Hours after Twitter announced it would preemptively debunk false information about voting by mail and election results, the tech company quickly put a label on one of President Donald Trump’s tweets.
“Big problems and discrepancies with Mail In Ballots all over the USA. Must have final total on November 3rd,” Trump tweeted at 7:43 p.m. EDT Monday.
Less than 30 minutes later, Twitter had put this label on the tweet: “Some or all of the content shared in this Tweet is disputed and might be misleading about how to participate in an election or another civic process.” It also put a prompt with more information on the security of voting by mail.
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Twitter said Monday it will introduce prompts to U.S. users “that preemptively address topics that are likely to be the subject of election misinformation.”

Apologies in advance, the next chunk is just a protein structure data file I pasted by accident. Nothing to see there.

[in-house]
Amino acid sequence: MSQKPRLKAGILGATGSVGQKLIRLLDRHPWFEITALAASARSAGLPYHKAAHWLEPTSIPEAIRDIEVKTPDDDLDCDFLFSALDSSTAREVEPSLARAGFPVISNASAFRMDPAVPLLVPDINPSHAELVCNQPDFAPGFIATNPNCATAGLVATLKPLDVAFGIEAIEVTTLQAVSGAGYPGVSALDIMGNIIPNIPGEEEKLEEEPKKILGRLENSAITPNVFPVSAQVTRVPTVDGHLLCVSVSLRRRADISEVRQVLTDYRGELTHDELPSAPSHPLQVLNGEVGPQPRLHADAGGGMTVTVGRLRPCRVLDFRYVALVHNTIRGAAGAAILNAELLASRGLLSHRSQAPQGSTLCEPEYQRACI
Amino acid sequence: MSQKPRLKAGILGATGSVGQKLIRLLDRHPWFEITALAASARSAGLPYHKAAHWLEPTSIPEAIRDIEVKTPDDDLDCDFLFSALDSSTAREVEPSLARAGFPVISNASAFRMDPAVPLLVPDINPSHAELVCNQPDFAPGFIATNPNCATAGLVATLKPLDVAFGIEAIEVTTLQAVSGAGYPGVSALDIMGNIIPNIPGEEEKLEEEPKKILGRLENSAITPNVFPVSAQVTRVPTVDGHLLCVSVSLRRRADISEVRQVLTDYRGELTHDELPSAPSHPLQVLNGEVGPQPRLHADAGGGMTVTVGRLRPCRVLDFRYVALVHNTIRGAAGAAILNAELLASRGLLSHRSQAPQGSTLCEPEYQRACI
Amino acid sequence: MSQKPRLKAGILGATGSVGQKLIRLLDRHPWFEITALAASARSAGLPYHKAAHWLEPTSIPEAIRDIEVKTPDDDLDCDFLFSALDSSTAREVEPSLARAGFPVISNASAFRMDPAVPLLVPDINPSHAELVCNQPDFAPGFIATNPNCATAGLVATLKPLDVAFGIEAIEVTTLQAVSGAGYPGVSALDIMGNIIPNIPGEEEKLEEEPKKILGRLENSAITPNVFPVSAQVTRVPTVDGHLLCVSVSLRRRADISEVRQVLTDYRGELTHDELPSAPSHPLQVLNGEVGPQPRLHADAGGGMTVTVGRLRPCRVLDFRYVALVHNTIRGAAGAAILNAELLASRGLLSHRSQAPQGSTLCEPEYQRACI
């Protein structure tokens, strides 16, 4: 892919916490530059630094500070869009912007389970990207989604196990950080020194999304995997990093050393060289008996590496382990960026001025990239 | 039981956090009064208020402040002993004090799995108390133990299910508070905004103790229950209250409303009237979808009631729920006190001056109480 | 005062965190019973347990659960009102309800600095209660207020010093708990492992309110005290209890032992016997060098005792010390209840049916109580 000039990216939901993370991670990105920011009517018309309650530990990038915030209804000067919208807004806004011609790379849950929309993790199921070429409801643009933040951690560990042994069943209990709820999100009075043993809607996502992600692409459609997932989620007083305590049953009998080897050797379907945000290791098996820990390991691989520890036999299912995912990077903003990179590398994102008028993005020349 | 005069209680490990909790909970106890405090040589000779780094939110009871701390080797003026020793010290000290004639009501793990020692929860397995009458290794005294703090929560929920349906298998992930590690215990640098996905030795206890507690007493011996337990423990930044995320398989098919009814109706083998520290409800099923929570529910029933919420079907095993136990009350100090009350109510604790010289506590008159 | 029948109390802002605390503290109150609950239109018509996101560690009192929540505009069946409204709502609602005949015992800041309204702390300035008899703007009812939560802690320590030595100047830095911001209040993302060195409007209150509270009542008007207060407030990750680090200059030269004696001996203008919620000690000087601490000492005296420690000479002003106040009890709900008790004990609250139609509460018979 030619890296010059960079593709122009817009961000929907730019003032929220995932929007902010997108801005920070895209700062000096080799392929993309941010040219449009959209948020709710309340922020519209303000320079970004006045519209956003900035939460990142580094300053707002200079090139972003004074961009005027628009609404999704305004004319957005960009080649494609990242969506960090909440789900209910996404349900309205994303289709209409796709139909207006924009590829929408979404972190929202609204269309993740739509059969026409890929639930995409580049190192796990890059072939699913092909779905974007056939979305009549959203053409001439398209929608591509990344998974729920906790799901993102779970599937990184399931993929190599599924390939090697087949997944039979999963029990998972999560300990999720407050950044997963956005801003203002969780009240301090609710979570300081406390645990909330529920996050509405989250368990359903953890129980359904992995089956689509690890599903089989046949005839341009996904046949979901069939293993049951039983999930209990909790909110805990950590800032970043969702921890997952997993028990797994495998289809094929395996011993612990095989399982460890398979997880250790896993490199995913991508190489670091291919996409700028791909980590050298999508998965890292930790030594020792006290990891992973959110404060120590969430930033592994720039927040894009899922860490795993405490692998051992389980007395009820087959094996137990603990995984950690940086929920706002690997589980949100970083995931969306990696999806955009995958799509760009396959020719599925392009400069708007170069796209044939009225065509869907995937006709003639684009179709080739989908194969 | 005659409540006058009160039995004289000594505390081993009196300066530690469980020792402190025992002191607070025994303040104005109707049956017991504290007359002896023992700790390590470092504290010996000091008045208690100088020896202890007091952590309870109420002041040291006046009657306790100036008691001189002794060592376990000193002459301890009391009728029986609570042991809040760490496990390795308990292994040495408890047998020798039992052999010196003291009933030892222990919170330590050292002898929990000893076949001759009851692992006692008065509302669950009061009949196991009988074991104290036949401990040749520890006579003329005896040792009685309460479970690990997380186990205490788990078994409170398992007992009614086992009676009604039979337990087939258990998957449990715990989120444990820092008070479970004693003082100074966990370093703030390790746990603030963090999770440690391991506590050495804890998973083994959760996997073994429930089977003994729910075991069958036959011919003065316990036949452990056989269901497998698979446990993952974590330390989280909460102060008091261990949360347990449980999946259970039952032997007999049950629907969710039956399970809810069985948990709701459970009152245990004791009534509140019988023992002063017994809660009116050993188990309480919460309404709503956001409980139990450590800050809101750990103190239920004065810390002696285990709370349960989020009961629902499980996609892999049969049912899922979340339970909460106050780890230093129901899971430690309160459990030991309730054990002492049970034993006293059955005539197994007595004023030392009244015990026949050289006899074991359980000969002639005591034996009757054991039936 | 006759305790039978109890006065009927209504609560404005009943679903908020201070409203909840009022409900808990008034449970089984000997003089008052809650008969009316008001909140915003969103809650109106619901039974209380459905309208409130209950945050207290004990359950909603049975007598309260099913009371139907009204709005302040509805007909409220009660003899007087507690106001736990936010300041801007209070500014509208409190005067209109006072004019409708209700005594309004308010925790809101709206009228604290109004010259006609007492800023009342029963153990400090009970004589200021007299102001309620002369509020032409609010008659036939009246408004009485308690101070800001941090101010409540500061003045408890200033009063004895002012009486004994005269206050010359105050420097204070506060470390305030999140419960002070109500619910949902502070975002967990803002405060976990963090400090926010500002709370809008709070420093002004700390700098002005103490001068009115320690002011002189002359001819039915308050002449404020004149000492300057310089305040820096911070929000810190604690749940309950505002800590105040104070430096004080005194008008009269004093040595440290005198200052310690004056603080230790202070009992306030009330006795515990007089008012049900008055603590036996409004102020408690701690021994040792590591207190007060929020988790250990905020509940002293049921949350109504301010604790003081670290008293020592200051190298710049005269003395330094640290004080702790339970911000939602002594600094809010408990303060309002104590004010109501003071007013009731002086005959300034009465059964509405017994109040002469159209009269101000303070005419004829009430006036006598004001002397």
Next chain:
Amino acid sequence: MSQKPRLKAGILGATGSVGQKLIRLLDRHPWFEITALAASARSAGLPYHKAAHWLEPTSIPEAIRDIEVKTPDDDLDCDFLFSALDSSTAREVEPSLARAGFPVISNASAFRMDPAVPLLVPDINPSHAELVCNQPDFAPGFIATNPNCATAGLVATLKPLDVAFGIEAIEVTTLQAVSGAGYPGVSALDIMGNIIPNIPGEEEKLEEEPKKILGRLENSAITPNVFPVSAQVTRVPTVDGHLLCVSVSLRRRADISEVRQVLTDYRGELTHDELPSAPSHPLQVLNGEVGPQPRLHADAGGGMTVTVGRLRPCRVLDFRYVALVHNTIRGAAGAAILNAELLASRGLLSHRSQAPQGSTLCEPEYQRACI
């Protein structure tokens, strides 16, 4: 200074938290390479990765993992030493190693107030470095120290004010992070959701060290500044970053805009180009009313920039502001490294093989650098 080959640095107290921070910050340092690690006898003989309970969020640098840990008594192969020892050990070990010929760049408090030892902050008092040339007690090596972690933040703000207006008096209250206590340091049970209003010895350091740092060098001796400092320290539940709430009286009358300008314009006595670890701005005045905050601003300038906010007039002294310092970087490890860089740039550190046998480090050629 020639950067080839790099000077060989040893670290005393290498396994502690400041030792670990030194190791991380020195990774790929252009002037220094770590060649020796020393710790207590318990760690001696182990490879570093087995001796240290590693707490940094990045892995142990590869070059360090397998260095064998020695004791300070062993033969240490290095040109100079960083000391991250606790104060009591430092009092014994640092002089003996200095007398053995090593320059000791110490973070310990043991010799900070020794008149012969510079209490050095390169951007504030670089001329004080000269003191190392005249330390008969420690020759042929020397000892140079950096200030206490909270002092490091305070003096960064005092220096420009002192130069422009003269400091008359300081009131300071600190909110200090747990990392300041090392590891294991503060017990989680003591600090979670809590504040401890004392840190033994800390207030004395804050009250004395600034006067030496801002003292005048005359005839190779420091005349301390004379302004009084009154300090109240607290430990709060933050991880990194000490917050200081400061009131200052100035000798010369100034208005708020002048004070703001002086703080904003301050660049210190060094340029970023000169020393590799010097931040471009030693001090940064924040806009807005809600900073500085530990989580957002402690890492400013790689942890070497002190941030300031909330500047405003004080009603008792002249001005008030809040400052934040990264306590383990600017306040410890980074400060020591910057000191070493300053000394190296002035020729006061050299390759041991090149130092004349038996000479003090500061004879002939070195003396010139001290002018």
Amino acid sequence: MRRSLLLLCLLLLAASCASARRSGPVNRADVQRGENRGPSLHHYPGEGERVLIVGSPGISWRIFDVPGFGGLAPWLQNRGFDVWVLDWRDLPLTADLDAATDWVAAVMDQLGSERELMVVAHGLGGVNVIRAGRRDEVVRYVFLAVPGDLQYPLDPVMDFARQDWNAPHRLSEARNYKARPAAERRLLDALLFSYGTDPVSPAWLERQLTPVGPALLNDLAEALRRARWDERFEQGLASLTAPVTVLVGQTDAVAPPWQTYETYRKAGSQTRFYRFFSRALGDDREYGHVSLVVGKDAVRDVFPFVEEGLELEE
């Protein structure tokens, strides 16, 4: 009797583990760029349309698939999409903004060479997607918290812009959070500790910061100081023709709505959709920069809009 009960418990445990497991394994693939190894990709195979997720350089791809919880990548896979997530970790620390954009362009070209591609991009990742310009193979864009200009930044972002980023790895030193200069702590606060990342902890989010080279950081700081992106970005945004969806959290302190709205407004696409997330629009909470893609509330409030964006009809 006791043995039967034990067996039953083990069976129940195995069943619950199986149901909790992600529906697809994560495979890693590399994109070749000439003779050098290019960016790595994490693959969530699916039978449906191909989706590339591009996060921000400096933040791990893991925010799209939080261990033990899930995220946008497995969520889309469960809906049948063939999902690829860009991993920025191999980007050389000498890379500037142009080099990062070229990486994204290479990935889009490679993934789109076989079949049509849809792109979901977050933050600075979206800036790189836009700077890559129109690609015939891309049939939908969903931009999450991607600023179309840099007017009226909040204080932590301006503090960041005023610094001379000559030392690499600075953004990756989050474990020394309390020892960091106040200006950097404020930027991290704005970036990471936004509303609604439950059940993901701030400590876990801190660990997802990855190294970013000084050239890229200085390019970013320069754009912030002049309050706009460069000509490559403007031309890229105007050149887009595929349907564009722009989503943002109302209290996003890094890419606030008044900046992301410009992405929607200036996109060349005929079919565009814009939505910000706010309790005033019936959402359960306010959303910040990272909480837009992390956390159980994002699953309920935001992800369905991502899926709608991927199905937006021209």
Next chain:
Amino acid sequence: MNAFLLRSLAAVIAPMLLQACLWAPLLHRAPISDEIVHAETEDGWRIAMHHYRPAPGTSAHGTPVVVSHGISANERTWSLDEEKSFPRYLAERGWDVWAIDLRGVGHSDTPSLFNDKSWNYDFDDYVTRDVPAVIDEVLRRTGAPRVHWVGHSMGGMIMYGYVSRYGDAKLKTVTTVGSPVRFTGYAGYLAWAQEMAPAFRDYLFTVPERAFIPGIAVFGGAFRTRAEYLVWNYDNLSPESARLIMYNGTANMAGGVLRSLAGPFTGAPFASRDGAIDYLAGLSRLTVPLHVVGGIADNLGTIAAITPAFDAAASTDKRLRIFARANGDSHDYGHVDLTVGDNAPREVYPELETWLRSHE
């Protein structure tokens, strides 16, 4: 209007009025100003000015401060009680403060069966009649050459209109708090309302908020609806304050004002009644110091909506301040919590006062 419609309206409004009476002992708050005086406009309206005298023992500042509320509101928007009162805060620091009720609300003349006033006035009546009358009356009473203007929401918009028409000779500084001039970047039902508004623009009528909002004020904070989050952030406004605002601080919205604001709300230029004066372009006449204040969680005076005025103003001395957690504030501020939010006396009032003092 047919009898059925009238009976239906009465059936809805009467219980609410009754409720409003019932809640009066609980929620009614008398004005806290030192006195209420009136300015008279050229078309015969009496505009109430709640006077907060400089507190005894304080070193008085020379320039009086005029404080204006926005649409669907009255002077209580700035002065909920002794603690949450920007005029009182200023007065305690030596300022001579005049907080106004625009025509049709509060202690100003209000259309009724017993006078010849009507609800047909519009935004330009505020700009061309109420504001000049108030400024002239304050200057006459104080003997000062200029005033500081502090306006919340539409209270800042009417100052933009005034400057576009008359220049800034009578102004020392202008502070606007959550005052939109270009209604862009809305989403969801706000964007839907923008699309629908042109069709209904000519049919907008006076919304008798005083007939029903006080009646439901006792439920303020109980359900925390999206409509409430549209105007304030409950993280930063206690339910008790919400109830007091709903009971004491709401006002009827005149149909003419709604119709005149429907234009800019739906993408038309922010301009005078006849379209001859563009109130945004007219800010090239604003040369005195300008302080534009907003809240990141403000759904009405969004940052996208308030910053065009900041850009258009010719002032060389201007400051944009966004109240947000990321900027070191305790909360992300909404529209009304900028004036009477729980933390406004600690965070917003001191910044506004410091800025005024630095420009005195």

“These prompts will alert people that they may encounter misinformation, and provide them with credible, factual information on the subject,” Twitter said in a statement.
A second prompt planned for this week will address early election results.
The messages will appear on the home timelines of all U.S. users as well as within search results related to the election.
Twitter, as well as Facebook, Google and other social media platforms, have attempted to crack down on misinformation as the 2020 election looms next Tuesday.
Facebook has said it has taken steps to keep political candidates and their campaigns from using its social media platforms to cast doubt on the election and its outcome. It has also prepared emergency “break-glass” measures to restrict content on its platforms if civil unrest and violence erupt following the presidential election.
Contributing: Jessica Guynn and Brett Molina, USA TODAY
Follow USA TODAY reporter Kelly Tyko on Twitter: @KellyTyko